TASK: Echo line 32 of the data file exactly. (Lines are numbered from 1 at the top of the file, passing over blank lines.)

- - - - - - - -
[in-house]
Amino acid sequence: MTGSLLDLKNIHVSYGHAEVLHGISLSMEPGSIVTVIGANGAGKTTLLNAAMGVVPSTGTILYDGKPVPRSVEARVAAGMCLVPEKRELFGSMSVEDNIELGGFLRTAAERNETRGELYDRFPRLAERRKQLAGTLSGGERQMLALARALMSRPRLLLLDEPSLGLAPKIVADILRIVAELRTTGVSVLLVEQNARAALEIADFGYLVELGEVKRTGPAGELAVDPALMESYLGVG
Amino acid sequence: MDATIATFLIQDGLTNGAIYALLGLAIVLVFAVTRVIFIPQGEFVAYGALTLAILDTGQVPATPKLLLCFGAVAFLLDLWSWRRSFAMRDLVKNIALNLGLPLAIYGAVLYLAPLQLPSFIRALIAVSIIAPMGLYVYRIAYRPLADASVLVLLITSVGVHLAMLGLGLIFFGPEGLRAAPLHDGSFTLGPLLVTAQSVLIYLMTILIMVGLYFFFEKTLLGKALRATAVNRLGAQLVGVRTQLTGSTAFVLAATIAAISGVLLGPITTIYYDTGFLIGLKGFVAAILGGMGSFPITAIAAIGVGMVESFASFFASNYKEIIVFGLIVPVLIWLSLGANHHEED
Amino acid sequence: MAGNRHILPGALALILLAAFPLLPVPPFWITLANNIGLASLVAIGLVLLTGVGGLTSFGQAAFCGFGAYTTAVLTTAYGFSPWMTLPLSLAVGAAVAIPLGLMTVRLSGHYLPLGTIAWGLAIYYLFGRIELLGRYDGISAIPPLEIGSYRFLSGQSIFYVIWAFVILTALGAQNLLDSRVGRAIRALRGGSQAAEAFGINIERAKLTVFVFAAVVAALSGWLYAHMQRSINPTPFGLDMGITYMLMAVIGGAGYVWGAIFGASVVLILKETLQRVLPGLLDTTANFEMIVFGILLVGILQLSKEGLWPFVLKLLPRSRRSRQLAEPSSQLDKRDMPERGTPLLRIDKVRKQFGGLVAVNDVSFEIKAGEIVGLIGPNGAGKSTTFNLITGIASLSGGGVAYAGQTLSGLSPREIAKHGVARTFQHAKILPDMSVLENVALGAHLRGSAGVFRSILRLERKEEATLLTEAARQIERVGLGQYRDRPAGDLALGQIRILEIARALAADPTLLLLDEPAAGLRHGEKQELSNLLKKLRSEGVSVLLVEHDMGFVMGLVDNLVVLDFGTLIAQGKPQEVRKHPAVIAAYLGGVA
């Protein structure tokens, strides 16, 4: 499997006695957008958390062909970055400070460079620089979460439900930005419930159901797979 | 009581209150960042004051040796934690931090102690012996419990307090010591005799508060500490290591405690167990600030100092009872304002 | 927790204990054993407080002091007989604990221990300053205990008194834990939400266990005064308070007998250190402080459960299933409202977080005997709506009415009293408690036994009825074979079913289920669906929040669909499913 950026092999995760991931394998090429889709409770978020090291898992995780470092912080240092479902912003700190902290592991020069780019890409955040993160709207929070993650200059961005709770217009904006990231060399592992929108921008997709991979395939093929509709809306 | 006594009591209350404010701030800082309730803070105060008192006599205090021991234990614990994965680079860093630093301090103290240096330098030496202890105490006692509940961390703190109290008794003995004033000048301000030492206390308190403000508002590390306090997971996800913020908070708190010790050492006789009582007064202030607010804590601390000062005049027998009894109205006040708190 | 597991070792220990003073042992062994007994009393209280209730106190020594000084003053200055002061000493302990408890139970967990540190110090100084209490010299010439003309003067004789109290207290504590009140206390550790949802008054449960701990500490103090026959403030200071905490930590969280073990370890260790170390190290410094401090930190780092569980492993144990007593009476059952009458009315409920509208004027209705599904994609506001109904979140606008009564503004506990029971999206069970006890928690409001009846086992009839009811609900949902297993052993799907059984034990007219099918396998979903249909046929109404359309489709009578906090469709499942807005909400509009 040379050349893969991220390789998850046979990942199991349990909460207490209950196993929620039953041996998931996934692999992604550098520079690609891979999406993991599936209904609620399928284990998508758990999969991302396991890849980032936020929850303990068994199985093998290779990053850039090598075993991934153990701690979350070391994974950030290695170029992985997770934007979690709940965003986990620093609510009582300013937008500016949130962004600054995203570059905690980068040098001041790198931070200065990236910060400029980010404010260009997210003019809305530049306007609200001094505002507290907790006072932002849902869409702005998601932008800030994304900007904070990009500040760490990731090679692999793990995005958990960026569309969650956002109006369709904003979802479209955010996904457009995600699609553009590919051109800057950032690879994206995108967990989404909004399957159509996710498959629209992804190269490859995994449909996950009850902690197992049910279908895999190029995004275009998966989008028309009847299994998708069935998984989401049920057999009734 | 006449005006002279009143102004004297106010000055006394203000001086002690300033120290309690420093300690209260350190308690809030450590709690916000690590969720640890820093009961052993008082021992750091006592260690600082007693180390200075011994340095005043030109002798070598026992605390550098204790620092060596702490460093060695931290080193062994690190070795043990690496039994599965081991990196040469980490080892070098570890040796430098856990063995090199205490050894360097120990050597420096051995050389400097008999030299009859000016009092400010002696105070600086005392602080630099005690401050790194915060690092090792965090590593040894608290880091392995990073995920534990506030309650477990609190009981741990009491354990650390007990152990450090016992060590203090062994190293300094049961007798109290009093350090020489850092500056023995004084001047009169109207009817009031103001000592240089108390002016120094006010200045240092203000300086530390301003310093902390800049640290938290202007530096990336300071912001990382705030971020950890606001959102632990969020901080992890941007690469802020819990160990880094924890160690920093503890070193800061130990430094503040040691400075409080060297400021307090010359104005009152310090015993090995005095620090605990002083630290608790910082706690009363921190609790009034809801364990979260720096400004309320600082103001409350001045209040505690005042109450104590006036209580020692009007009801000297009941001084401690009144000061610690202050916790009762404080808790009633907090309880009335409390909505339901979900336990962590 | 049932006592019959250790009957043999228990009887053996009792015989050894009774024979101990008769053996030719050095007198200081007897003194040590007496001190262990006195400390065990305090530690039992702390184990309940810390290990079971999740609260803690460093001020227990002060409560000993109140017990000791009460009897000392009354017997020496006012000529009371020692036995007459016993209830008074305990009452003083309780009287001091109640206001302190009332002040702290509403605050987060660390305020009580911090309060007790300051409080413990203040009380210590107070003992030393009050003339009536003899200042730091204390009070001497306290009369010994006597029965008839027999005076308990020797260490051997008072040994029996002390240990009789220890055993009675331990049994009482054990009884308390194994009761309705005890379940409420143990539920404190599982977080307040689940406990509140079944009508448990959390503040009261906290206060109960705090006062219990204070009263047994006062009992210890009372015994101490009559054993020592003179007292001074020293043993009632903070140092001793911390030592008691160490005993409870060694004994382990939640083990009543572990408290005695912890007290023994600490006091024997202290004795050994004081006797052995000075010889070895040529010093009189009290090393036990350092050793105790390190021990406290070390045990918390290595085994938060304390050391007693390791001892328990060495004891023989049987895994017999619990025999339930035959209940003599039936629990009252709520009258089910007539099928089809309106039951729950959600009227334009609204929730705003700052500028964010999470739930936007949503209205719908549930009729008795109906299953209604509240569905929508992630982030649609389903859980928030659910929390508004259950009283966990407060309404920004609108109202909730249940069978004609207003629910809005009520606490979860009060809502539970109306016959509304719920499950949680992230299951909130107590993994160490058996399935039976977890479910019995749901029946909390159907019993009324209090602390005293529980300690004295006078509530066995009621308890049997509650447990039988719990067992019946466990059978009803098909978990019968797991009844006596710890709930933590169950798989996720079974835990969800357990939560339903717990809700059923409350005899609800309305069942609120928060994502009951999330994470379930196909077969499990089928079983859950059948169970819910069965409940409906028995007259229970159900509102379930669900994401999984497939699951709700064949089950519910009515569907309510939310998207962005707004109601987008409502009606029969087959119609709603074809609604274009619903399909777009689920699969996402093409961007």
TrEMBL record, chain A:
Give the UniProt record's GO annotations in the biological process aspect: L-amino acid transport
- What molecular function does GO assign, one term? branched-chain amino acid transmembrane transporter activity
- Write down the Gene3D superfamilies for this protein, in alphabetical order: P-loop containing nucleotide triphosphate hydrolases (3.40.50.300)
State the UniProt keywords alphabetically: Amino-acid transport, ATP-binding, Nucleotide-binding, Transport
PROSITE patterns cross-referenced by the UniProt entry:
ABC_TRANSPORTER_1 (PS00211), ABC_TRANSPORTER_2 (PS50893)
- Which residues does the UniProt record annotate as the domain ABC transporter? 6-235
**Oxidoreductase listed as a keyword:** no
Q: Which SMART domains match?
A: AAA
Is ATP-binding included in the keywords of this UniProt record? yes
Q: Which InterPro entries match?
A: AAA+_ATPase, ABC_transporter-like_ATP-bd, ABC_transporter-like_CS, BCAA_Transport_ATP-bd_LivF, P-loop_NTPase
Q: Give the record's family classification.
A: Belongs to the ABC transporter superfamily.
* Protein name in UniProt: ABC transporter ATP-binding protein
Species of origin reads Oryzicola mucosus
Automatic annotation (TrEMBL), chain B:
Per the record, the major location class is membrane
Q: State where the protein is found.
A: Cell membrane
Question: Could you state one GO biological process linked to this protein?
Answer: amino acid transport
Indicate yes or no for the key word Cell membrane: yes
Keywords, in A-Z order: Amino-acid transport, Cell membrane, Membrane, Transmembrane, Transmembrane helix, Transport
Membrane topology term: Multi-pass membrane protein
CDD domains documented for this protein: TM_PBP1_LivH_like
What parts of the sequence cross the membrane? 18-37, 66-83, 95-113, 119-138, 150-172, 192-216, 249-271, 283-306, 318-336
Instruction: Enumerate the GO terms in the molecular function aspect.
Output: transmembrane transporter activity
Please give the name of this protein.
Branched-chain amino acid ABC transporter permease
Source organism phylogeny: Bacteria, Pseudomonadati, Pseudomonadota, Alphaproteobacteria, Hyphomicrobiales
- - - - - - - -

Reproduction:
Membrane topology term: Multi-pass membrane protein